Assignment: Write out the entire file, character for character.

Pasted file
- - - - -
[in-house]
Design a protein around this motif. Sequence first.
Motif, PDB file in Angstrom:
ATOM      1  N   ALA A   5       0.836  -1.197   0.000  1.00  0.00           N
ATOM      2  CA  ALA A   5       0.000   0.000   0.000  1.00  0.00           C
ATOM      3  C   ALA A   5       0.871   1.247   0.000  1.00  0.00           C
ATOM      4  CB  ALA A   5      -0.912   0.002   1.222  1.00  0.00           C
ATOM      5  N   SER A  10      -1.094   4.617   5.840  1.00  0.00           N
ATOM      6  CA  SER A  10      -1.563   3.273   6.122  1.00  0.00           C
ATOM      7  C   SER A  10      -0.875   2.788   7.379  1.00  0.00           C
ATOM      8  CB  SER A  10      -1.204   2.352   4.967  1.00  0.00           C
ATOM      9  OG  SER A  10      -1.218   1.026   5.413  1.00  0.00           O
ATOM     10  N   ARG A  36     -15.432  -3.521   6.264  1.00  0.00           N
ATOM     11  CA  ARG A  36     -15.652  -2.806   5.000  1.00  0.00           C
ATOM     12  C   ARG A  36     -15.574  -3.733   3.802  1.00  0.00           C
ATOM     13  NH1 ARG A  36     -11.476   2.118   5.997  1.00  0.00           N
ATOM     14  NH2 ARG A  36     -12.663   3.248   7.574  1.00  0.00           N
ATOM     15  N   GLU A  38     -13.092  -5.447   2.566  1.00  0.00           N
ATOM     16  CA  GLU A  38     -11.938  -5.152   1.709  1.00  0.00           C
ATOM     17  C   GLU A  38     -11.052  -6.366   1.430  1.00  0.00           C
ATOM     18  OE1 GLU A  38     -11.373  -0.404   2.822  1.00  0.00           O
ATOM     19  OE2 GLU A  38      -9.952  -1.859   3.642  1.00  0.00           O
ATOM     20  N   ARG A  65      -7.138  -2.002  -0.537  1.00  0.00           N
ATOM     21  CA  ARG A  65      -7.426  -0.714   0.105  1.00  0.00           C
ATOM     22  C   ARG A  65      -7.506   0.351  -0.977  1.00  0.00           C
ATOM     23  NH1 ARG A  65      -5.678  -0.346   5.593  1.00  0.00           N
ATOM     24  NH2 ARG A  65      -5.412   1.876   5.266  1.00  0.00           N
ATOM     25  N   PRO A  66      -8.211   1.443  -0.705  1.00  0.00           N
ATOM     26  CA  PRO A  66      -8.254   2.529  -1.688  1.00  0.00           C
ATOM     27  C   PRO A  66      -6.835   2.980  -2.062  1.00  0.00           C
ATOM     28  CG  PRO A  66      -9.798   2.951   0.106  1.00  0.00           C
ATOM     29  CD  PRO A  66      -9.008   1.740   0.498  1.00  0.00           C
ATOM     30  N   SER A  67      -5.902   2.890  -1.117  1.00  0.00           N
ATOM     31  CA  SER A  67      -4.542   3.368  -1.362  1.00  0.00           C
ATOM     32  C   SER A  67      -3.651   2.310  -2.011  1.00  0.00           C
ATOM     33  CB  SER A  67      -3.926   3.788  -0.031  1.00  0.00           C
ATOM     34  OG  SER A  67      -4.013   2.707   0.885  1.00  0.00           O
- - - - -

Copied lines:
[in-house]
Design a protein around this motif. Sequence first.
Motif, PDB file in Angstrom:
ATOM      1  N   ALA A   5       0.836  -1.197   0.000  1.00  0.00           N
ATOM      2  CA  ALA A   5       0.000   0.000   0.000  1.00  0.00           C
ATOM      3  C   ALA A   5       0.871   1.247   0.000  1.00  0.00           C
ATOM      4  CB  ALA A   5      -0.912   0.002   1.222  1.00  0.00           C
ATOM      5  N   SER A  10      -1.094   4.617   5.840  1.00  0.00           N
ATOM      6  CA  SER A  10      -1.563   3.273   6.122  1.00  0.00           C
ATOM      7  C   SER A  10      -0.875   2.788   7.379  1.00  0.00           C
ATOM      8  CB  SER A  10      -1.204   2.352   4.967  1.00  0.00           C
ATOM      9  OG  SER A  10      -1.218   1.026   5.413  1.00  0.00           O
ATOM     10  N   ARG A  36     -15.432  -3.521   6.264  1.00  0.00           N
ATOM     11  CA  ARG A  36     -15.652  -2.806   5.000  1.00  0.00           C
ATOM     12  C   ARG A  36     -15.574  -3.733   3.802  1.00  0.00           C
ATOM     13  NH1 ARG A  36     -11.476   2.118   5.997  1.00  0.00           N
ATOM     14  NH2 ARG A  36     -12.663   3.248   7.574  1.00  0.00           N
ATOM     15  N   GLU A  38     -13.092  -5.447   2.566  1.00  0.00           N
ATOM     16  CA  GLU A  38     -11.938  -5.152   1.709  1.00  0.00           C
ATOM     17  C   GLU A  38     -11.052  -6.366   1.430  1.00  0.00           C
ATOM     18  OE1 GLU A  38     -11.373  -0.404   2.822  1.00  0.00           O
ATOM     19  OE2 GLU A  38      -9.952  -1.859   3.642  1.00  0.00           O
ATOM     20  N   ARG A  65      -7.138  -2.002  -0.537  1.00  0.00           N
ATOM     21  CA  ARG A  65      -7.426  -0.714   0.105  1.00  0.00           C
ATOM     22  C   ARG A  65      -7.506   0.351  -0.977  1.00  0.00           C
ATOM     23  NH1 ARG A  65      -5.678  -0.346   5.593  1.00  0.00           N
ATOM     24  NH2 ARG A  65      -5.412   1.876   5.266  1.00  0.00           N
ATOM     25  N   PRO A  66      -8.211   1.443  -0.705  1.00  0.00           N
ATOM     26  CA  PRO A  66      -8.254   2.529  -1.688  1.00  0.00           C
ATOM     27  C   PRO A  66      -6.835   2.980  -2.062  1.00  0.00           C
ATOM     28  CG  PRO A  66      -9.798   2.951   0.106  1.00  0.00           C
ATOM     29  CD  PRO A  66      -9.008   1.740   0.498  1.00  0.00           C
ATOM     30  N   SER A  67      -5.902   2.890  -1.117  1.00  0.00           N
ATOM     31  CA  SER A  67      -4.542   3.368  -1.362  1.00  0.00           C
ATOM     32  C   SER A  67      -3.651   2.310  -2.011  1.00  0.00           C
ATOM     33  CB  SER A  67      -3.926   3.788  -0.031  1.00  0.00           C
ATOM     34  OG  SER A  67      -4.013   2.707   0.885  1.00  0.00           O